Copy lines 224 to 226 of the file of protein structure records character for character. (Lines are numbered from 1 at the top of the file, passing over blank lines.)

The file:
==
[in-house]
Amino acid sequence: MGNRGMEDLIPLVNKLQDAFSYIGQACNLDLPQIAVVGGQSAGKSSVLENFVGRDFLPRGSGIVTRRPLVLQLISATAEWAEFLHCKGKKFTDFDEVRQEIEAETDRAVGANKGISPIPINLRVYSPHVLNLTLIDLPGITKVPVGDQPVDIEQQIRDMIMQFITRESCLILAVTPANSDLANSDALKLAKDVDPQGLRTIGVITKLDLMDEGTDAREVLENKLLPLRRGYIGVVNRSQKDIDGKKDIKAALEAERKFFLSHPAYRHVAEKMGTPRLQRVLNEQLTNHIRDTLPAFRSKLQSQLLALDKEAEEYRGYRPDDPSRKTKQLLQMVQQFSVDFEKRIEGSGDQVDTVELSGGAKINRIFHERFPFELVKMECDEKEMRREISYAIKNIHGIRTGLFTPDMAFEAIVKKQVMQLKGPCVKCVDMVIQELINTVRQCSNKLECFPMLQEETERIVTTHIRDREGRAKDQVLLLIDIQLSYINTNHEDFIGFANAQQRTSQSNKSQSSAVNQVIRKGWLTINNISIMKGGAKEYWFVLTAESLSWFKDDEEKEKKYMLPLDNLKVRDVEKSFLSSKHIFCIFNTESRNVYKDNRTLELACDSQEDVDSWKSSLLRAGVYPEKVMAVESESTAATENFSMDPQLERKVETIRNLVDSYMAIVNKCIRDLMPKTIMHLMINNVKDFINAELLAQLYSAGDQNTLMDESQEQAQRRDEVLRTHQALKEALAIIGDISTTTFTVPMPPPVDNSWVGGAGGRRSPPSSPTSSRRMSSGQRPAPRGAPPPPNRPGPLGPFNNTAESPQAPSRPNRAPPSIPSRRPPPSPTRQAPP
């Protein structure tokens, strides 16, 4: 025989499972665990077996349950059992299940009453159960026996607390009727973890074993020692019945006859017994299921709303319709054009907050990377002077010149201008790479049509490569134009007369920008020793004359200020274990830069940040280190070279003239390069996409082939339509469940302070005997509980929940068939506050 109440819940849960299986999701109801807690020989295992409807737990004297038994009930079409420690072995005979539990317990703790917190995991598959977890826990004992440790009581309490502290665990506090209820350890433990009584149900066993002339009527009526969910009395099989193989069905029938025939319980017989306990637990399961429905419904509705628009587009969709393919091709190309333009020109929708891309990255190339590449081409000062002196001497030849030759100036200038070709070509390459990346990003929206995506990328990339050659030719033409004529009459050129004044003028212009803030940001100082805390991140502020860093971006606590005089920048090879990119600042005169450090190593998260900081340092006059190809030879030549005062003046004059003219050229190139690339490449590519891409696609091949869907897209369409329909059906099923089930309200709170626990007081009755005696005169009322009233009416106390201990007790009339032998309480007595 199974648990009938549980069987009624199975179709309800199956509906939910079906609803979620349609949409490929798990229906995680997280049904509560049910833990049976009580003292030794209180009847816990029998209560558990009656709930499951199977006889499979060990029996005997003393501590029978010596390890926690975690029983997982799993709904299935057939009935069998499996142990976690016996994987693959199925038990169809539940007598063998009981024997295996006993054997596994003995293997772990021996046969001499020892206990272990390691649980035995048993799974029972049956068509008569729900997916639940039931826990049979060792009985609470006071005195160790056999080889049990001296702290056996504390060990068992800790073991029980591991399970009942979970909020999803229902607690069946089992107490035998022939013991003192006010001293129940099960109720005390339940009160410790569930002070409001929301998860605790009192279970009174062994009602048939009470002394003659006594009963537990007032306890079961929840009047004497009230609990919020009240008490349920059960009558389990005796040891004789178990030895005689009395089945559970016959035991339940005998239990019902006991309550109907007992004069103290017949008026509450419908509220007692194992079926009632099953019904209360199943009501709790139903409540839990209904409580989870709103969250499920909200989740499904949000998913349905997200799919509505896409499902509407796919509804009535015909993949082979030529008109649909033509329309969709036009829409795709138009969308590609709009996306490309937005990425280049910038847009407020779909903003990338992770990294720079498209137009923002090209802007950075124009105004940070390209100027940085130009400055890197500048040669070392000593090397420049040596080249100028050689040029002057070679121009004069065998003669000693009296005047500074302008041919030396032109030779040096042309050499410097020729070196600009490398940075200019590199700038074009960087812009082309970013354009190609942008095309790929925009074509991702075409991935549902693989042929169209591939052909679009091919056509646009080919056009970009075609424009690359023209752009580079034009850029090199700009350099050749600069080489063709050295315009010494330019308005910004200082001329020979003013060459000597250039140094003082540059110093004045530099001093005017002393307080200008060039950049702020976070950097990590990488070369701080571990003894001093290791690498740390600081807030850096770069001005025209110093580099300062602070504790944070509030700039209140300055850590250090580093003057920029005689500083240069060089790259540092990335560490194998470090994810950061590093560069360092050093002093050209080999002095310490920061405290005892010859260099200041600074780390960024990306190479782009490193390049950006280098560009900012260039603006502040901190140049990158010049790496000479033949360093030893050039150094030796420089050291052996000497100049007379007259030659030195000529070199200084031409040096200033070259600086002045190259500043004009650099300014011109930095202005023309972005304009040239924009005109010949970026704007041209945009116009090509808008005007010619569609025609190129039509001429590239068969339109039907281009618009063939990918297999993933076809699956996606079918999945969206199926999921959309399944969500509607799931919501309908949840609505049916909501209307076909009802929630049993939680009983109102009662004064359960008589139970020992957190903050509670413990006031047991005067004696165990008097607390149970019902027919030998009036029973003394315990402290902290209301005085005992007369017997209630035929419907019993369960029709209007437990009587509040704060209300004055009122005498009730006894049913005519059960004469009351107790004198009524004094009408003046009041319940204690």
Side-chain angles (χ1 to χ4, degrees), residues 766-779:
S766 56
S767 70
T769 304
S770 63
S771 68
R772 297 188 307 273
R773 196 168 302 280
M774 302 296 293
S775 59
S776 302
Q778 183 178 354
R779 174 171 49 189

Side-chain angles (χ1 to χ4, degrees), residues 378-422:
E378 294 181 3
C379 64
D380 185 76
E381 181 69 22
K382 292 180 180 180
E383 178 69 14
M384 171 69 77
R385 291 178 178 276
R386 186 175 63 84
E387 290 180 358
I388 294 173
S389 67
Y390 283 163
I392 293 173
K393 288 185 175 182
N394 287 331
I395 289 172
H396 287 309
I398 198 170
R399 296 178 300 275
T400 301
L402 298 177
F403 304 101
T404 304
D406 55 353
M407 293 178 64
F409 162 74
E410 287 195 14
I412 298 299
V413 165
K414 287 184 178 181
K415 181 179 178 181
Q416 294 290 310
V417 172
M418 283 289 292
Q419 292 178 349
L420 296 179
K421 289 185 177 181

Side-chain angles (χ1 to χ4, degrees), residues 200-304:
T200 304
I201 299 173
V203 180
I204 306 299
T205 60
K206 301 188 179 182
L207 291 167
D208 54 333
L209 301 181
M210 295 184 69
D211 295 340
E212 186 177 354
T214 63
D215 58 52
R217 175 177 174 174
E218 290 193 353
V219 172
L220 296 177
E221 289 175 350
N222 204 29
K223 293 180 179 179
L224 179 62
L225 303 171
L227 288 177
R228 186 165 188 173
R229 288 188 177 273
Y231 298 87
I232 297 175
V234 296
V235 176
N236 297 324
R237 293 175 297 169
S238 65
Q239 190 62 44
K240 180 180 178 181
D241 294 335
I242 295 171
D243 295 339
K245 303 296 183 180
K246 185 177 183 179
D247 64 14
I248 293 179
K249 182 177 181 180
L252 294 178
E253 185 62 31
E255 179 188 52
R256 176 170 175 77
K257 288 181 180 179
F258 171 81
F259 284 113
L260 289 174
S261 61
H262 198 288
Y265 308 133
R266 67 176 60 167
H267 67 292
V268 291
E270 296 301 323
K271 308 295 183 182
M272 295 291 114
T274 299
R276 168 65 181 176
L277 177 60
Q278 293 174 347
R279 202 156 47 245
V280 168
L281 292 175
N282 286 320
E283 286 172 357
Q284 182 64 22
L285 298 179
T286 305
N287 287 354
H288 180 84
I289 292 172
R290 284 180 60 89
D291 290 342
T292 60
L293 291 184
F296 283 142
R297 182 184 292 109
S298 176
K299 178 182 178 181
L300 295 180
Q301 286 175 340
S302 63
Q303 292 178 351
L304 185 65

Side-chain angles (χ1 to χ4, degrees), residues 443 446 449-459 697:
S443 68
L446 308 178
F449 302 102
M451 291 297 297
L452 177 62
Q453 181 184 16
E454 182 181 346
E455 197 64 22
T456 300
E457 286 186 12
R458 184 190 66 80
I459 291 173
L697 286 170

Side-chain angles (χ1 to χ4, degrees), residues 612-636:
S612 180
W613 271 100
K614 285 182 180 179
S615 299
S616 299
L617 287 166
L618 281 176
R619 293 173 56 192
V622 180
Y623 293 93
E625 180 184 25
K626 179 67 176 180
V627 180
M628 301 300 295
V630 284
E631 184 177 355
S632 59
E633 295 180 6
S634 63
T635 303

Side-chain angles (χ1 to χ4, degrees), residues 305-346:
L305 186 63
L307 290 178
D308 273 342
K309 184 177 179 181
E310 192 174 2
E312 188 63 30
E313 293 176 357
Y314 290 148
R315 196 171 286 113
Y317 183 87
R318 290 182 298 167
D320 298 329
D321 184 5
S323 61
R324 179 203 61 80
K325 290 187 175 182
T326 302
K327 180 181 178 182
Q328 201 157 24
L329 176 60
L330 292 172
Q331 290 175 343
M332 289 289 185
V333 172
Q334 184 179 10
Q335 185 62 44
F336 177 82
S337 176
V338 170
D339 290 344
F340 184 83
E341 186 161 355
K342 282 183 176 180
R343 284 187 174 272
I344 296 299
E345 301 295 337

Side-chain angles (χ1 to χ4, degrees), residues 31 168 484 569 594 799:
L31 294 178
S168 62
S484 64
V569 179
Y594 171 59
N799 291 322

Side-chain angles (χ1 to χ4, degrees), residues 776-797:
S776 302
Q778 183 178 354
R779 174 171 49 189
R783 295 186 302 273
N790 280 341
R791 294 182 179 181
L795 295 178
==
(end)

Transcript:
Side-chain angles (χ1 to χ4, degrees), residues 776-797:
S776 302
Q778 183 178 354